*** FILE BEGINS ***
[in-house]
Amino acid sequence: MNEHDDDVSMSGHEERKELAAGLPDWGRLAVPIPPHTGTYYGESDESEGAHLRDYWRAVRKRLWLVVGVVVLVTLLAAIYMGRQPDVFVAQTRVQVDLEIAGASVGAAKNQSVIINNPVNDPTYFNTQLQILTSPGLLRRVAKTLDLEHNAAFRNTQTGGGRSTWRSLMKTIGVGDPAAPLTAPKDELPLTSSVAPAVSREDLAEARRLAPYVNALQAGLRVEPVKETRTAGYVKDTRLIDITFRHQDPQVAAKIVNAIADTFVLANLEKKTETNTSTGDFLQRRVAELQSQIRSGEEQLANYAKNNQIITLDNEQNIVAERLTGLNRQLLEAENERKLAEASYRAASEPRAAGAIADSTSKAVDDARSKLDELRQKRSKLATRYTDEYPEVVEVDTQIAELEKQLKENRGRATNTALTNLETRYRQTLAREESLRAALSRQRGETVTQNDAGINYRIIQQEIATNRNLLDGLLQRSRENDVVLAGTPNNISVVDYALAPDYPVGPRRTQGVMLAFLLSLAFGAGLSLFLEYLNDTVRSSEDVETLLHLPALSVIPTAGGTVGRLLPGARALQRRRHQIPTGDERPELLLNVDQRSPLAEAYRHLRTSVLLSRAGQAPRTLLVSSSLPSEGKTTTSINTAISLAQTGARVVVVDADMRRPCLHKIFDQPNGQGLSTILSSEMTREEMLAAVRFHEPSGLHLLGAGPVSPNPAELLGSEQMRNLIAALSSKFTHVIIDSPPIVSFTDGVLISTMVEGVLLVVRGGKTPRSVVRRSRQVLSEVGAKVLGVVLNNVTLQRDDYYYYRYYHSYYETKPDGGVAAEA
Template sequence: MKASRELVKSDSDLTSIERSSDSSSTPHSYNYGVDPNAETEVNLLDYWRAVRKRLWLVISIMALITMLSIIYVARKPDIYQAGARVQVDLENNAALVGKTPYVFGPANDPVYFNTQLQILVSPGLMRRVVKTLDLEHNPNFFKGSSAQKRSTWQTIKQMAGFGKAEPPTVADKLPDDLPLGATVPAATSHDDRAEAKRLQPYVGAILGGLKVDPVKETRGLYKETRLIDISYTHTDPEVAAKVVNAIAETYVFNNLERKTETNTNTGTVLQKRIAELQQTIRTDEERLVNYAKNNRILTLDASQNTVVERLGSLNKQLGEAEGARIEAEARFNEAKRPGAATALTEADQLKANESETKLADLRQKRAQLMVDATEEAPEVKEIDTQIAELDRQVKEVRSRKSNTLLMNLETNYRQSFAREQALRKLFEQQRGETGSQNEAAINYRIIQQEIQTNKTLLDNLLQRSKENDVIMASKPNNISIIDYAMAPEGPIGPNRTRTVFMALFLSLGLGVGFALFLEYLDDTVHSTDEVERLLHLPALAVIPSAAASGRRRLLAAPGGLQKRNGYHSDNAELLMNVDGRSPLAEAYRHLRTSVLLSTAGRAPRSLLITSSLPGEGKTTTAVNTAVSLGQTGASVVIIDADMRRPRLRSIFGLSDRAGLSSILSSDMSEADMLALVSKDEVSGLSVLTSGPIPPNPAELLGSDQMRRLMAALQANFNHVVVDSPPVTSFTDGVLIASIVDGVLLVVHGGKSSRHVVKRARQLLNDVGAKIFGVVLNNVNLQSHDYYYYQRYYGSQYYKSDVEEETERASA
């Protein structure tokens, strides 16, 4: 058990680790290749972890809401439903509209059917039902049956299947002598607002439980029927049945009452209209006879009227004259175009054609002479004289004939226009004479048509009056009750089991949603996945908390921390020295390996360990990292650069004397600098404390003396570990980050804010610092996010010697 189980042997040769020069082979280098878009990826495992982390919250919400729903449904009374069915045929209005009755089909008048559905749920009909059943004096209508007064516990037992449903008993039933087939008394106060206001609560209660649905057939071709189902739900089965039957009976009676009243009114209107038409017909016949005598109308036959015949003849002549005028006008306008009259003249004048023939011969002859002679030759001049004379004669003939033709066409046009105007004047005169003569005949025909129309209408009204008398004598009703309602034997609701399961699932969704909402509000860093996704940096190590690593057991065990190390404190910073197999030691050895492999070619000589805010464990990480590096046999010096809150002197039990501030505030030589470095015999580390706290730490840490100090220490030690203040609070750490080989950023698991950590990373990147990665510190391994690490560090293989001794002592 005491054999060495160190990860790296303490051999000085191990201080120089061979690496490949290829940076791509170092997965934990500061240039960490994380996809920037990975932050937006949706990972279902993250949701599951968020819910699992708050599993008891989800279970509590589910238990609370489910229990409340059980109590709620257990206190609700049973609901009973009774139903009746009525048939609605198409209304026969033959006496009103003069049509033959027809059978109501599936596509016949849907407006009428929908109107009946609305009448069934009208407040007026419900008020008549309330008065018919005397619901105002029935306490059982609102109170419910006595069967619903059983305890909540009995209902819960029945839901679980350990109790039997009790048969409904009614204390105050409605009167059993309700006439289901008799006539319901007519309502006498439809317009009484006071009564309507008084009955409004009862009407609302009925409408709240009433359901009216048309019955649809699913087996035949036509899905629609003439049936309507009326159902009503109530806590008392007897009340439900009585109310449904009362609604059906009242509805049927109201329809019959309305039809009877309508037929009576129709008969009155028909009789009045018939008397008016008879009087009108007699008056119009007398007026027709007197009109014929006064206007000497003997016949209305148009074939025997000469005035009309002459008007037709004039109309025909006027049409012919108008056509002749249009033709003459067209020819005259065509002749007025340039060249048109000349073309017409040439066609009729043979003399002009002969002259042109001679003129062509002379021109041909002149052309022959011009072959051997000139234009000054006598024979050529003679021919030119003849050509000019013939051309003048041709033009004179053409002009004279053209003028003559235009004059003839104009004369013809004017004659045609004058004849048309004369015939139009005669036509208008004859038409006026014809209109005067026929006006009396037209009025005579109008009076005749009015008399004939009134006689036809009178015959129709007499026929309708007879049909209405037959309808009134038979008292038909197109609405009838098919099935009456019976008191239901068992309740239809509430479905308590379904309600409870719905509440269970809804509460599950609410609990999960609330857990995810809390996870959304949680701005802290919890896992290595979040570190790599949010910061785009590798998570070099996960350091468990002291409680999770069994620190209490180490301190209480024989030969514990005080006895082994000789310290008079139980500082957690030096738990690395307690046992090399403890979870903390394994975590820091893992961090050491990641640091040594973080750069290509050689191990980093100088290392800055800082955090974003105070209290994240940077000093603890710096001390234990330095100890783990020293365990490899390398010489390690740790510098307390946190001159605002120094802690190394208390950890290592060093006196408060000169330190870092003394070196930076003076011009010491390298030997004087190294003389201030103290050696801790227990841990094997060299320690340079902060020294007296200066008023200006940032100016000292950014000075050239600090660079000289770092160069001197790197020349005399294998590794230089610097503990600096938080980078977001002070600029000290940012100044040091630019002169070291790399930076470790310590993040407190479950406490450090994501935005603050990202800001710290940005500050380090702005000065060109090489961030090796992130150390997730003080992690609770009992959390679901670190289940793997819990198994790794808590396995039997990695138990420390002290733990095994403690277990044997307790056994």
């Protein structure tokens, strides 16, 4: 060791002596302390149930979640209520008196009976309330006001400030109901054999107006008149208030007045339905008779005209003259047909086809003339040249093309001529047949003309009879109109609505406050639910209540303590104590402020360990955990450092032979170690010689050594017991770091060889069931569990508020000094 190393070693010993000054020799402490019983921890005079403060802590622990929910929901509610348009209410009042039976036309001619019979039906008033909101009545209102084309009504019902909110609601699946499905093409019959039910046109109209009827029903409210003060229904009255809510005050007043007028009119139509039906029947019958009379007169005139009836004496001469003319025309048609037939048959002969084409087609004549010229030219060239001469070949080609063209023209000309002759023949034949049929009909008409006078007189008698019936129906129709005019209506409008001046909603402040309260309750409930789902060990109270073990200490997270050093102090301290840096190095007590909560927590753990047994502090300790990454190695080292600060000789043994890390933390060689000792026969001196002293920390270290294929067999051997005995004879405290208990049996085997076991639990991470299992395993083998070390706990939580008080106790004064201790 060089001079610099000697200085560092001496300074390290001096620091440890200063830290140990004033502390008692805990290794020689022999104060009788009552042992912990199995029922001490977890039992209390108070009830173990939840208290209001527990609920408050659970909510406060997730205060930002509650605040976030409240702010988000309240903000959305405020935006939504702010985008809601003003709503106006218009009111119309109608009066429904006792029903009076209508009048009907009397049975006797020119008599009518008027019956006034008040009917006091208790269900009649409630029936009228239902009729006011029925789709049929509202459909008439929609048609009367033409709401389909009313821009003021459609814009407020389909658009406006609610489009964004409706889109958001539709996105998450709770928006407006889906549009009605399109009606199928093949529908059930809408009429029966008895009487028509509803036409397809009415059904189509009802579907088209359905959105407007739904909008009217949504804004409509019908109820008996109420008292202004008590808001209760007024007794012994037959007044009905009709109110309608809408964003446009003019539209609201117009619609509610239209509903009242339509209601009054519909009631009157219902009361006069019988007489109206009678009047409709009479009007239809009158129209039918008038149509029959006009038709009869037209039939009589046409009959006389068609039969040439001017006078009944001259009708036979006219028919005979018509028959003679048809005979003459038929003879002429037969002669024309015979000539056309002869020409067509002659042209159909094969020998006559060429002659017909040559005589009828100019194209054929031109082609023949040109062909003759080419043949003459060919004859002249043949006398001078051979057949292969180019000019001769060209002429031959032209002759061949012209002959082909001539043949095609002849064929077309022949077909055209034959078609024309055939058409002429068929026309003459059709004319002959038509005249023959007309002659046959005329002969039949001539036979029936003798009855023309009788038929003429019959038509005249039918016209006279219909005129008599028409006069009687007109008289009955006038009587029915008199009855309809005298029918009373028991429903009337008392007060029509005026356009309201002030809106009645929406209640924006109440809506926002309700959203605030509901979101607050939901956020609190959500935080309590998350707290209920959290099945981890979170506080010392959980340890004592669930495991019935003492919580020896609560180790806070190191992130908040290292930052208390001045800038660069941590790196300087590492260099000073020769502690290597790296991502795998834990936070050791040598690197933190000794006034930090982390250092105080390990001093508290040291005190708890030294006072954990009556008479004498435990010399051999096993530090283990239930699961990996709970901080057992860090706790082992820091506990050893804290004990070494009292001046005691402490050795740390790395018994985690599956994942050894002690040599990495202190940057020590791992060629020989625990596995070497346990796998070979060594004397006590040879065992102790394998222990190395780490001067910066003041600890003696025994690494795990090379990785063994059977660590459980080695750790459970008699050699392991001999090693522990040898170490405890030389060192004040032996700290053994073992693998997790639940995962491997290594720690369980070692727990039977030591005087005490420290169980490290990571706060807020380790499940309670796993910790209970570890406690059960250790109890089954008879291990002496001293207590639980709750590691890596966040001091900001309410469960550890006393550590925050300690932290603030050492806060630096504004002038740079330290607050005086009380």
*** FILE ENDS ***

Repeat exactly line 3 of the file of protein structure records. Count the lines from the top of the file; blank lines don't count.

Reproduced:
Template sequence: MKASRELVKSDSDLTSIERSSDSSSTPHSYNYGVDPNAETEVNLLDYWRAVRKRLWLVISIMALITMLSIIYVARKPDIYQAGARVQVDLENNAALVGKTPYVFGPANDPVYFNTQLQILVSPGLMRRVVKTLDLEHNPNFFKGSSAQKRSTWQTIKQMAGFGKAEPPTVADKLPDDLPLGATVPAATSHDDRAEAKRLQPYVGAILGGLKVDPVKETRGLYKETRLIDISYTHTDPEVAAKVVNAIAETYVFNNLERKTETNTNTGTVLQKRIAELQQTIRTDEERLVNYAKNNRILTLDASQNTVVERLGSLNKQLGEAEGARIEAEARFNEAKRPGAATALTEADQLKANESETKLADLRQKRAQLMVDATEEAPEVKEIDTQIAELDRQVKEVRSRKSNTLLMNLETNYRQSFAREQALRKLFEQQRGETGSQNEAAINYRIIQQEIQTNKTLLDNLLQRSKENDVIMASKPNNISIIDYAMAPEGPIGPNRTRTVFMALFLSLGLGVGFALFLEYLDDTVHSTDEVERLLHLPALAVIPSAAASGRRRLLAAPGGLQKRNGYHSDNAELLMNVDGRSPLAEAYRHLRTSVLLSTAGRAPRSLLITSSLPGEGKTTTAVNTAVSLGQTGASVVIIDADMRRPRLRSIFGLSDRAGLSSILSSDMSEADMLALVSKDEVSGLSVLTSGPIPPNPAELLGSDQMRRLMAALQANFNHVVVDSPPVTSFTDGVLIASIVDGVLLVVHGGKSSRHVVKRARQLLNDVGAKIFGVVLNNVNLQSHDYYYYQRYYGSQYYKSDVEEETERASA